We learned late this afternoon that two domestic steel mills are offering to pay higher prices for shredded scrap from east coast dealers. Shredded scrap buy offers have been made at $180-$185 per gross ton up $10 to $15 per gross ton higher than November numbers (and higher than October numbers since November prices moved sideways to up slightly on the east coast).
One of our scrap contacts told us, “Ferrous exports off the east coast, in both bulk and container, have been and continue to be at a price level that will keep scrap from moving off the coast and into the domestic market. This price relationship will last throughout the year.”
Mike Marley, of World Steel Dynamics, told his followers, “The latest Turkish buying binge included 12 or 13 bulk cargoes bought from U.S. shippers.”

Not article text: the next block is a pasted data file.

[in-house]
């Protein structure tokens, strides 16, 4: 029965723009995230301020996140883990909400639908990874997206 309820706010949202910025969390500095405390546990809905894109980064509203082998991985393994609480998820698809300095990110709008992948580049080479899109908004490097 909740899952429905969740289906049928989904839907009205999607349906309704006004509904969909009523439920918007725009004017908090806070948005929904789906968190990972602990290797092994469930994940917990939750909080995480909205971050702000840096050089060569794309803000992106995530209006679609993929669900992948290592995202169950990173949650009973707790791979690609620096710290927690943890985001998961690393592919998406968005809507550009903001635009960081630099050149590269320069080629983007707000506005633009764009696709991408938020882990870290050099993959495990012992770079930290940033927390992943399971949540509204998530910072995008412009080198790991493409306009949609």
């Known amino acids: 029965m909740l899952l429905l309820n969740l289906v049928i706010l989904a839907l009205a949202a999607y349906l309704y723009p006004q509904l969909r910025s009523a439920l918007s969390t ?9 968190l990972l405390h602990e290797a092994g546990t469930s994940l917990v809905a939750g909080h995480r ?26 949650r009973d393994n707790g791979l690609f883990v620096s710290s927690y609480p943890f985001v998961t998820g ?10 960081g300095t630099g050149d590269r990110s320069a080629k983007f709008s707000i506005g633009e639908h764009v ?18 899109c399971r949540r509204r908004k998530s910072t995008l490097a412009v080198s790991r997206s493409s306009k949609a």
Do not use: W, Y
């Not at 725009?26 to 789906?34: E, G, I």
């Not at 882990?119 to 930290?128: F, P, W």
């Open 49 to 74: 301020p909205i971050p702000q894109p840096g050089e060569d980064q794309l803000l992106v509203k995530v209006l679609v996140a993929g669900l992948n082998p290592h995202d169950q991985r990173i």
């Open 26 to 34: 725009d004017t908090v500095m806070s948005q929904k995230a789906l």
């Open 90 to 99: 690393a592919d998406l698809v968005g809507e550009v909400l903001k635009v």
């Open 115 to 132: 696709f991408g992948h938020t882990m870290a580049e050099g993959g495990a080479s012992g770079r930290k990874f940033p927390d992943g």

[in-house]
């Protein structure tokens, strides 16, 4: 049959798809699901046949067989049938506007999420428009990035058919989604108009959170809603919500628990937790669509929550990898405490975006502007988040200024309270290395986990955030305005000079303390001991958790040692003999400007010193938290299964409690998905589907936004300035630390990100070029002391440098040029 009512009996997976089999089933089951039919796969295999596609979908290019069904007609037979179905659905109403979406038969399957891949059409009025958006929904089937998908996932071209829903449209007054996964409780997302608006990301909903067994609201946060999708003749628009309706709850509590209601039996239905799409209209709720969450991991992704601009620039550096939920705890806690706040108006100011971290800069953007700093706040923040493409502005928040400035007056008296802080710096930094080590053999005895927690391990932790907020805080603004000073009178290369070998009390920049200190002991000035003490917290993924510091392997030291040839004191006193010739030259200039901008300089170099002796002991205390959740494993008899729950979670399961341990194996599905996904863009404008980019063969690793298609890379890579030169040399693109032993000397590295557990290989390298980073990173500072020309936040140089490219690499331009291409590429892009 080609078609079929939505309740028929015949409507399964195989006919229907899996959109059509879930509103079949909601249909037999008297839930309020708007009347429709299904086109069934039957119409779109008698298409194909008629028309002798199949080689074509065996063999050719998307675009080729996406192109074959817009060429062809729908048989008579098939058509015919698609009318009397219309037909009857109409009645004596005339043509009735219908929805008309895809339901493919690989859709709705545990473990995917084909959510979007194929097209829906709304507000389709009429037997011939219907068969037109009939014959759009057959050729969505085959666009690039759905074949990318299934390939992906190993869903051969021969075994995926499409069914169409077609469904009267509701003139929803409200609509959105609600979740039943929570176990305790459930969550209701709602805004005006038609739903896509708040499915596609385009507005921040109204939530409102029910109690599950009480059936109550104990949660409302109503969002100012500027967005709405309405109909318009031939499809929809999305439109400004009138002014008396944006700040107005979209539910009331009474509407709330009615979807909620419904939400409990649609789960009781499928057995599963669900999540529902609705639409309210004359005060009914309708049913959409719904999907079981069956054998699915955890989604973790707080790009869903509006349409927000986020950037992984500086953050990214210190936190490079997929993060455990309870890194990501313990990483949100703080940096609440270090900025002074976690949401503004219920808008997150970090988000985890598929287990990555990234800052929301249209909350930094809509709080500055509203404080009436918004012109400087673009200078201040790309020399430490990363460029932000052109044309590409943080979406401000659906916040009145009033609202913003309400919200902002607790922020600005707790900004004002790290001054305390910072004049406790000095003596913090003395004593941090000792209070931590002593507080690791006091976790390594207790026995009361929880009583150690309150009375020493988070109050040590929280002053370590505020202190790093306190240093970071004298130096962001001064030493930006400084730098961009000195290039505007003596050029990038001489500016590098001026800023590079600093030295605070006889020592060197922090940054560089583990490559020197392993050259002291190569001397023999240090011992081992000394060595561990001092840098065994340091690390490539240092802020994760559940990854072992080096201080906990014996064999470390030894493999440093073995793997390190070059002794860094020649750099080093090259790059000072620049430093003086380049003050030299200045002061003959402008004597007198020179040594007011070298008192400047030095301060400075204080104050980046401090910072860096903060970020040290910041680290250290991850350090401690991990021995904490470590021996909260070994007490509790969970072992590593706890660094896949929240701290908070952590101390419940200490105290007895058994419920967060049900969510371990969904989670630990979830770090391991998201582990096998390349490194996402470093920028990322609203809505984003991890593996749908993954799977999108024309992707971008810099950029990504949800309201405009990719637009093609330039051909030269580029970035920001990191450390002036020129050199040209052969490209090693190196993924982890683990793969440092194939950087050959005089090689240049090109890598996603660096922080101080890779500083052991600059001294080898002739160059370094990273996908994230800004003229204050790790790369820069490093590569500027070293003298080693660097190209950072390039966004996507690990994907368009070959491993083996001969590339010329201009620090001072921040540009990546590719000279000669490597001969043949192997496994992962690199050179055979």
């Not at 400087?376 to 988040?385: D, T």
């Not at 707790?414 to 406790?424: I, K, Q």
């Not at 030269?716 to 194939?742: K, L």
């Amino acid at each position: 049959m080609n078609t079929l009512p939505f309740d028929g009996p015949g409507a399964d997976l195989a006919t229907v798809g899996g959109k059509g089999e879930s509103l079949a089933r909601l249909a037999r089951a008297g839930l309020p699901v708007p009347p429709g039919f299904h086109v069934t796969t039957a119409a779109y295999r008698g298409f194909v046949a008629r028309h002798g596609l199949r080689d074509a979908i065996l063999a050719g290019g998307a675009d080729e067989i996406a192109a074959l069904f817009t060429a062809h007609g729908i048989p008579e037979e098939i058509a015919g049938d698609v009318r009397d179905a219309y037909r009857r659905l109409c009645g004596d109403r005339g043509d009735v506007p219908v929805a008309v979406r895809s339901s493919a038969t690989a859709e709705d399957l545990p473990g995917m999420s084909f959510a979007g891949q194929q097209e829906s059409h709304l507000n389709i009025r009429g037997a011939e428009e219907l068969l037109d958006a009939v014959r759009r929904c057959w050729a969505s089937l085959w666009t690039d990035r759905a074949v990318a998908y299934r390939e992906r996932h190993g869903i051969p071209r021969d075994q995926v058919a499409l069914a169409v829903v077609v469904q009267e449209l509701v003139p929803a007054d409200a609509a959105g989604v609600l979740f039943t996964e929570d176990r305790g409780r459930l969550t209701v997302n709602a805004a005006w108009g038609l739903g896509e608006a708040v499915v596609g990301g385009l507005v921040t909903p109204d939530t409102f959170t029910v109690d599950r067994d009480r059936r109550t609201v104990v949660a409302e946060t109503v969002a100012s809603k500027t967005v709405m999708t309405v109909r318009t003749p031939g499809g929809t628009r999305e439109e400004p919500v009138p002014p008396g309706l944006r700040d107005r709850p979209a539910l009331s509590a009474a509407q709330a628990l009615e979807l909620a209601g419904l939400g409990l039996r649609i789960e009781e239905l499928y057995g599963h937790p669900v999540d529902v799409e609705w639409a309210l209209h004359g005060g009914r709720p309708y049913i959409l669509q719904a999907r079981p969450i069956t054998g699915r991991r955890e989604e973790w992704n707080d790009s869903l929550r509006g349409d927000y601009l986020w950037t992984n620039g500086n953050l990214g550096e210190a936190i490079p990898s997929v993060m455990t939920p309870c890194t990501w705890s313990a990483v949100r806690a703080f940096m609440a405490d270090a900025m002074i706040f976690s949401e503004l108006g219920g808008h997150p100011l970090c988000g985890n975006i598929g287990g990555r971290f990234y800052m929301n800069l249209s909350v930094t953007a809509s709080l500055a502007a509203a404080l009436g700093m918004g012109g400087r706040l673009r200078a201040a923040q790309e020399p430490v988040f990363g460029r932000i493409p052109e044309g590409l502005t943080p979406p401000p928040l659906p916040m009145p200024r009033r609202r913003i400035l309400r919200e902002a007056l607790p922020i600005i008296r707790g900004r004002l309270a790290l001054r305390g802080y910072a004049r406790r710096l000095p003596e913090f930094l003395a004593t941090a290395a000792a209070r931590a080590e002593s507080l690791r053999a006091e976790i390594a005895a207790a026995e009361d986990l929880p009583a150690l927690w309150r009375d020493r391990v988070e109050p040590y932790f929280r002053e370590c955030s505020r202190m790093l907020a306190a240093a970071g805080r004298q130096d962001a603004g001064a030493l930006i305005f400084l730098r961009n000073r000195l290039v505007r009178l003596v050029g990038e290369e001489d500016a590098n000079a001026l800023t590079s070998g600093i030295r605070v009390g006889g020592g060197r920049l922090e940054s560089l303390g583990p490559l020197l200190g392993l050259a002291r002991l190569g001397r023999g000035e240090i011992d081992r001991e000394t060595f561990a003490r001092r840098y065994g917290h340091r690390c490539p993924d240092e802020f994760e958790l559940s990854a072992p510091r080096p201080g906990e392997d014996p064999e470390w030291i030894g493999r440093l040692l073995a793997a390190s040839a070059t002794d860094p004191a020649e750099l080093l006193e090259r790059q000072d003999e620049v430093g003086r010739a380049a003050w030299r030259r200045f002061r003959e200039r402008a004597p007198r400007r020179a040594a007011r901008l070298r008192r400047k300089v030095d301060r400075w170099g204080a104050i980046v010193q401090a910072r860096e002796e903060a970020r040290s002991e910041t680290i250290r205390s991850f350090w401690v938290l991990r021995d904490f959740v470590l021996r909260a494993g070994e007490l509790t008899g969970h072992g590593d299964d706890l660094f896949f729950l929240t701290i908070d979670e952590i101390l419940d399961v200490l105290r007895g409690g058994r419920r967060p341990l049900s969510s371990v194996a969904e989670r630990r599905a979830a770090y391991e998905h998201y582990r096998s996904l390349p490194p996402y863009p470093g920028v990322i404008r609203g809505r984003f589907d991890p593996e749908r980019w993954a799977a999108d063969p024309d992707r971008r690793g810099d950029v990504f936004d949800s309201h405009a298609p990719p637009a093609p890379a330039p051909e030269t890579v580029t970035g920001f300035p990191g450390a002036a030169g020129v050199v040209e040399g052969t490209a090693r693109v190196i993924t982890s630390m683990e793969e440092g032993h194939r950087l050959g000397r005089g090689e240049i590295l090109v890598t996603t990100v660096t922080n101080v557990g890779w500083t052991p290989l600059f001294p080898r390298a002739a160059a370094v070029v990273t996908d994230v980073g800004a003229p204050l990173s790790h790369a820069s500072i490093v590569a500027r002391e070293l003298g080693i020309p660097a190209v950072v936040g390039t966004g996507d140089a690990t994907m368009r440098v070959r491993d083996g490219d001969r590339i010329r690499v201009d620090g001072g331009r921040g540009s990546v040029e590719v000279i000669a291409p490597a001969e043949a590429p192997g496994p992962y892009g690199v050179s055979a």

Our source told us that Busheling prices will not rebound in December as it is being generated in large quantities by automotive manufacturers and other manufacturing operations. Shred and other obsolete grades, on the other hand, are becoming “tight” due to low buy prices by the scrap dealers to their smaller suppliers. This has slowed down collections of obsolete grades of scrap.
We are also being told that in the Midwest, Mid-Atlantic markets the expectation is for scrap prices to move higher on all grades but Busheling.
Any tightening of the scrap market (higher prices) combined with reductions in steel supply through the idling of Granite City (USS), Ashland (AK Steel) and the squeeze on foreign due to trade suits should put the mills in a position to raise flat rolled prices in the coming weeks.
We will have more about the actual negotiations and December settlements between the domestic steel mills and their scrap suppliers late next week.
John PackardRead more from John Packard
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